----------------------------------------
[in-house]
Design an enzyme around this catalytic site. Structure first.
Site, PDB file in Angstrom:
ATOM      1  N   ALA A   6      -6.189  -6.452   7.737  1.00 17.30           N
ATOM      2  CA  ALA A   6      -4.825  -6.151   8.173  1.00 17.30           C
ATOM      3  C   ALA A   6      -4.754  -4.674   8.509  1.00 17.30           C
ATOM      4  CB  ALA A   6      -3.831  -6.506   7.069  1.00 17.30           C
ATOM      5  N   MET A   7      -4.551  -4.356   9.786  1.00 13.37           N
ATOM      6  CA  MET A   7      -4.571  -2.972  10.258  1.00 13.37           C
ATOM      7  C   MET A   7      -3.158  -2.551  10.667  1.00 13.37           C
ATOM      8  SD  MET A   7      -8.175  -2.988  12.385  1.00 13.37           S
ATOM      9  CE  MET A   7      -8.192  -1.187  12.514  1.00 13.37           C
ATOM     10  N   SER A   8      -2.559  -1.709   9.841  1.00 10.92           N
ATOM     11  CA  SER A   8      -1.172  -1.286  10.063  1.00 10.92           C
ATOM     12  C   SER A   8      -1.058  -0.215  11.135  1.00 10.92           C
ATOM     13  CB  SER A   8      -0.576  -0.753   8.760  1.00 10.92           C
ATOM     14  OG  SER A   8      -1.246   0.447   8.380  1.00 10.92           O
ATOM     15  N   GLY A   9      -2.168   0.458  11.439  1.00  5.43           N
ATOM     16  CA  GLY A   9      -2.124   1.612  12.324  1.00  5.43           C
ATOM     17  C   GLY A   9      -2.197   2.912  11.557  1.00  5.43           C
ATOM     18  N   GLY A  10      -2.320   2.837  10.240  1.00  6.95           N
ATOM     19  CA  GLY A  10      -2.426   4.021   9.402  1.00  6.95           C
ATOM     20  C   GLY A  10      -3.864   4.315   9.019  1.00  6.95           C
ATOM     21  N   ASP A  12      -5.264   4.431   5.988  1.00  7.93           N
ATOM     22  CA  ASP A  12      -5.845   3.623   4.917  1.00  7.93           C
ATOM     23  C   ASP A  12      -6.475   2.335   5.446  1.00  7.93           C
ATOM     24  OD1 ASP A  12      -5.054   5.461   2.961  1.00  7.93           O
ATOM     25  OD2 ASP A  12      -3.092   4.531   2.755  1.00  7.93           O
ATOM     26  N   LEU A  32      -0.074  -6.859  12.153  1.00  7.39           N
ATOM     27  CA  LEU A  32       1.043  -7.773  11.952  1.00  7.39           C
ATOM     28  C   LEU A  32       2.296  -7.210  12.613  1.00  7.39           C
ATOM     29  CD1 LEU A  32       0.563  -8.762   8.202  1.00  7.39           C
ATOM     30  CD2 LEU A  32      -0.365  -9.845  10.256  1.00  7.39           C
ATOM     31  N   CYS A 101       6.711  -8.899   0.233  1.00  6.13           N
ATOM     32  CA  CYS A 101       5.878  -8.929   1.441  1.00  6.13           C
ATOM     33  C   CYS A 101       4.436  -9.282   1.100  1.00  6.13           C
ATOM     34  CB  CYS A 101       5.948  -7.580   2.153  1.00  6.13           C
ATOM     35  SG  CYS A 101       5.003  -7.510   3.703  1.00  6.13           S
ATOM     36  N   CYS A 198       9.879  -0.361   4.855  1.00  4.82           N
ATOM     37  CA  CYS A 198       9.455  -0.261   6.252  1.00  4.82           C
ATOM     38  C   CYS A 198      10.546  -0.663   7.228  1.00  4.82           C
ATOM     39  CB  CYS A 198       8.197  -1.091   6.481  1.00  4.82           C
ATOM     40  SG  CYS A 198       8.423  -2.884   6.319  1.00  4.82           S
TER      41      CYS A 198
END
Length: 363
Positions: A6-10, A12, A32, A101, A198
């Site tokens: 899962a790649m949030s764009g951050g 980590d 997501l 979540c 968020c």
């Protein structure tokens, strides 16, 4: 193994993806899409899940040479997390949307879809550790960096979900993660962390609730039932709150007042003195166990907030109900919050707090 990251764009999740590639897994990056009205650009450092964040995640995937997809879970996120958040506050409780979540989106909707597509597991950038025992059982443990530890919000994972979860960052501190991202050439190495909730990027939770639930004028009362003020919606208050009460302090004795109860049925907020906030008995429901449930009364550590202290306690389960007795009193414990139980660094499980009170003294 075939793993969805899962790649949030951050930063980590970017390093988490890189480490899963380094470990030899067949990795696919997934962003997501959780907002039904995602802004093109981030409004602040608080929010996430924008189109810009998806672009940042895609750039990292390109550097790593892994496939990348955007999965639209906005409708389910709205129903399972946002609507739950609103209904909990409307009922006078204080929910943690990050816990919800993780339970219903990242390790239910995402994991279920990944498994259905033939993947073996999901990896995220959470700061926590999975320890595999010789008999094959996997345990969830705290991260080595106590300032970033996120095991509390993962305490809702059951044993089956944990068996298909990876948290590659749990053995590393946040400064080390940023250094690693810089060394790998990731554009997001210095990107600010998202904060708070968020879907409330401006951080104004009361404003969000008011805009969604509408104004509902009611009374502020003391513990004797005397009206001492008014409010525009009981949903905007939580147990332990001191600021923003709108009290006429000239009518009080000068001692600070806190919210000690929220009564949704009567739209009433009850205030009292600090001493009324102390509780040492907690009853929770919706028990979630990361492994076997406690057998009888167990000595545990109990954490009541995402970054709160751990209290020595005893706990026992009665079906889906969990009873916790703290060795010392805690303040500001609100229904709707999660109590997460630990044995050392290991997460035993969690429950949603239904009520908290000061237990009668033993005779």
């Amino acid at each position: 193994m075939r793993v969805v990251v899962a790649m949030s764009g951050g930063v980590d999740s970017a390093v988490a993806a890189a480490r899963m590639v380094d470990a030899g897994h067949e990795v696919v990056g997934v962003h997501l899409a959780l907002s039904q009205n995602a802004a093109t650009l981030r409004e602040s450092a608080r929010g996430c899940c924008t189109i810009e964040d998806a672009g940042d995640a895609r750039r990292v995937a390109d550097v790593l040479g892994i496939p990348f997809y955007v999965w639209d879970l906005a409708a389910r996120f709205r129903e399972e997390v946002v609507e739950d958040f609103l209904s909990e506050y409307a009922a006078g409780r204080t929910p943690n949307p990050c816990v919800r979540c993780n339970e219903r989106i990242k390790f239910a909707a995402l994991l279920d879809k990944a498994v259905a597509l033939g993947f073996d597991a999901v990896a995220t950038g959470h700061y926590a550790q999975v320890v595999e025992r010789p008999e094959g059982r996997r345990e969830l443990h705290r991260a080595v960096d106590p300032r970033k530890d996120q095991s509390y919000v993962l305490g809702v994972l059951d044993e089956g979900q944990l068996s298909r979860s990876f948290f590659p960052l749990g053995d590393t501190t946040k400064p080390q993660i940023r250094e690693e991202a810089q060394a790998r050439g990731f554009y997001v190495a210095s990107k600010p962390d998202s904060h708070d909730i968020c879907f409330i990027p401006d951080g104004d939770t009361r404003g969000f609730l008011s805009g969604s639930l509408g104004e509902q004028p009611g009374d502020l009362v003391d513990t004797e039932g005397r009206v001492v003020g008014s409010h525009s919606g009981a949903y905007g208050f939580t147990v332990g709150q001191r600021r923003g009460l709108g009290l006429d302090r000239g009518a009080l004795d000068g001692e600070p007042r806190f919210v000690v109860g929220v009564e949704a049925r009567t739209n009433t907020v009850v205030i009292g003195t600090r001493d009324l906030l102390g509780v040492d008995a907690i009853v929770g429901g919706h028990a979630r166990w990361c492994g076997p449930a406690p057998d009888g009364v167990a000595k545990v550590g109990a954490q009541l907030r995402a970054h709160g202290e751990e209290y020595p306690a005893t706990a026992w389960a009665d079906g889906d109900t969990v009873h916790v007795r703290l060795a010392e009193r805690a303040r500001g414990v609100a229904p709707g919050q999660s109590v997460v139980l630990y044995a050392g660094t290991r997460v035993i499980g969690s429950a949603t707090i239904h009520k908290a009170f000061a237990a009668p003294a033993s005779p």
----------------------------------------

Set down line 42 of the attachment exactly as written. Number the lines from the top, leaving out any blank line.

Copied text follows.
ATOM     39  CB  CYS A 198       8.197  -1.091   6.481  1.00  4.82           C